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Doug Sheehan, President and Founder, Investment Conversions & Consulting (Portland, Ore.)
Doug Sheehan, President and Founder, Investment Conversions & Consulting (Portland, Ore.)
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Enhanced Investment Systems Offer Better Integration of Data

Keeping pace with regulatory trends will require insurers to explore various options, such as outsourcing the accounting function, to take full advantage of improvements in technology.

There are a few recent and pending technological enhancements to investment systems that create opportunities. The enhanced technical capabilities of external data providers -- such as the Depository Trust Company (DTC), brokers, market pricing providers and custody banks -- make it possible for insurers to have better integration with these data sources. This has great potential to improve data accuracy, timeliness and efficiency.

The technical complexity of maintaining an investment accounting system in-house is causing many companies to look more seriously at outsourcing the investment accounting function. The IT people have trouble staying current with new releases and dealing with the interaction of the investment accounting software with operating systems, databases, etc., and doing the necessary software testing to implement new releases. There are more alternatives for outsourcing now, and companies need to evaluate them and address their concerns for security and integration with other systems.

There are many regulatory trends that have an impact on financial reporting. Increased use of foreign and alternative investments, while not just a regulatory issue, is probably having the biggest impact on financial reporting for most insurance companies. The regulations for reporting on such investments are evolving and changing very rapidly, which is difficult for insurers to deal with. It is also the biggest single factor that is stressing existing accounting systems.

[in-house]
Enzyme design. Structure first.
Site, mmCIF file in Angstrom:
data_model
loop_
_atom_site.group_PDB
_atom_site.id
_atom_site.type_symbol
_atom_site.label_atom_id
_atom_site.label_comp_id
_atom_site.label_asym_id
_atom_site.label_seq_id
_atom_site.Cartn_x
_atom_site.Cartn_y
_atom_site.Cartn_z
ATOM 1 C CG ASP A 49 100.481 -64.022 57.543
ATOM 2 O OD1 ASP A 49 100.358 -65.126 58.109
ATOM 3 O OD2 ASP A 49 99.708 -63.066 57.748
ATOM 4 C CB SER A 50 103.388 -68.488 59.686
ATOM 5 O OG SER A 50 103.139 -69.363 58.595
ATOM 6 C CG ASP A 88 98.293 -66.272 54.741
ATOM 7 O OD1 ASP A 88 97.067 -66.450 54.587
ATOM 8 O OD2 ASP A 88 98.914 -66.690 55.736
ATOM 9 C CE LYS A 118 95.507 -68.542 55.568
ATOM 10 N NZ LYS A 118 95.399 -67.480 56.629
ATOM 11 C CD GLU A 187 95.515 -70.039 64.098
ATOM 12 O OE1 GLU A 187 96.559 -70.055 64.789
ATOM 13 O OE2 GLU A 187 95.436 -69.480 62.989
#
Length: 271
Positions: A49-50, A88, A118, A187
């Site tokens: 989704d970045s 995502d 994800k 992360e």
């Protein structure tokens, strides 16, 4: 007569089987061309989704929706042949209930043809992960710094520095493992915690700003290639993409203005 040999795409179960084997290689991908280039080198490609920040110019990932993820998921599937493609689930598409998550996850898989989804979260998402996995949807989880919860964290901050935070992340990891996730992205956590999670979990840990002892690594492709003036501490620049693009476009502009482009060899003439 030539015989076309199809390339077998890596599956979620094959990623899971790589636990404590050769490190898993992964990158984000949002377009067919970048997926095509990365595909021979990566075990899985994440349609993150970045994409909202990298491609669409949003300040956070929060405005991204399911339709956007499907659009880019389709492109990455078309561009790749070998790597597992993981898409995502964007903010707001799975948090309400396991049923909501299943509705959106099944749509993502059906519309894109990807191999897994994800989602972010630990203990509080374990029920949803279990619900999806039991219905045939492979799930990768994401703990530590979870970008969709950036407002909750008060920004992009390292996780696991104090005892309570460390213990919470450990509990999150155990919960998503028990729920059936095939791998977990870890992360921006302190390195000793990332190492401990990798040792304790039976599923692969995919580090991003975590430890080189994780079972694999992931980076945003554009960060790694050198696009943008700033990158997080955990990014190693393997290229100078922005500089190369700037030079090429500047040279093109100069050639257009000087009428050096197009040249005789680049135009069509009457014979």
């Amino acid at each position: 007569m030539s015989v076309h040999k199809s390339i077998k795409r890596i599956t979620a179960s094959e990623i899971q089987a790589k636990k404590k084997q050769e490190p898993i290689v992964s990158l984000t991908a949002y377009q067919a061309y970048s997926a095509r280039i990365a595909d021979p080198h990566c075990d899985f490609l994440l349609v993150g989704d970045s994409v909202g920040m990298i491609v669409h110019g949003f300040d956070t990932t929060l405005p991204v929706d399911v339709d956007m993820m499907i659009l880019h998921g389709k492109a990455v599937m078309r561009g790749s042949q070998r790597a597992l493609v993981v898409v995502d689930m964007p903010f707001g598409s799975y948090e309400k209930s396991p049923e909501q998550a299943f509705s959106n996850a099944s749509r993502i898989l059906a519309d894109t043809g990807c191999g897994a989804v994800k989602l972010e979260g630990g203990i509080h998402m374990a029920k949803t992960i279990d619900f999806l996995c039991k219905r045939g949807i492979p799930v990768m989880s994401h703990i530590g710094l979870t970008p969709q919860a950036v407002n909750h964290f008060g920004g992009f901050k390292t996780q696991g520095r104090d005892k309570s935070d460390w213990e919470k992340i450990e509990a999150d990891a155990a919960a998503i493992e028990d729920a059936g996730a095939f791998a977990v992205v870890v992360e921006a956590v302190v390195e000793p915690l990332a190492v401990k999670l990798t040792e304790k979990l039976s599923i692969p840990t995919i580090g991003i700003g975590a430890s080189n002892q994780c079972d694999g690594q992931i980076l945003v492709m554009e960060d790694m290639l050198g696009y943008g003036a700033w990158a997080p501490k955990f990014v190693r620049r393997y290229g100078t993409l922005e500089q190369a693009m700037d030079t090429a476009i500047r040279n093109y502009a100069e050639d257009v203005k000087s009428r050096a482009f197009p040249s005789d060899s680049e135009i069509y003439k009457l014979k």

Sarbanes-Oxley has become somewhat mature, but it still governs most of what is done in investment reporting. Some of the lower-level regulatory issues, such as reclassification of some bonds as preferred stocks for statutory purposes, create substantial difficulty for existing systems. Mergers and divestitures also are consuming a great deal of accounting and system resources because of the needed changes to production systems.

Changes in the way reserve requirements might need to be calculated would probably require more-flexible reporting capabilities, which usually translates to better integration of data and a focus on data quality. It is too early to tell what the impact might be of the optional federal charter. The state-regulated Schedule D reporting for investment departments is still a huge force for insurance companies. It is hard to imagine this changing in any short time frame, under any circumstances.

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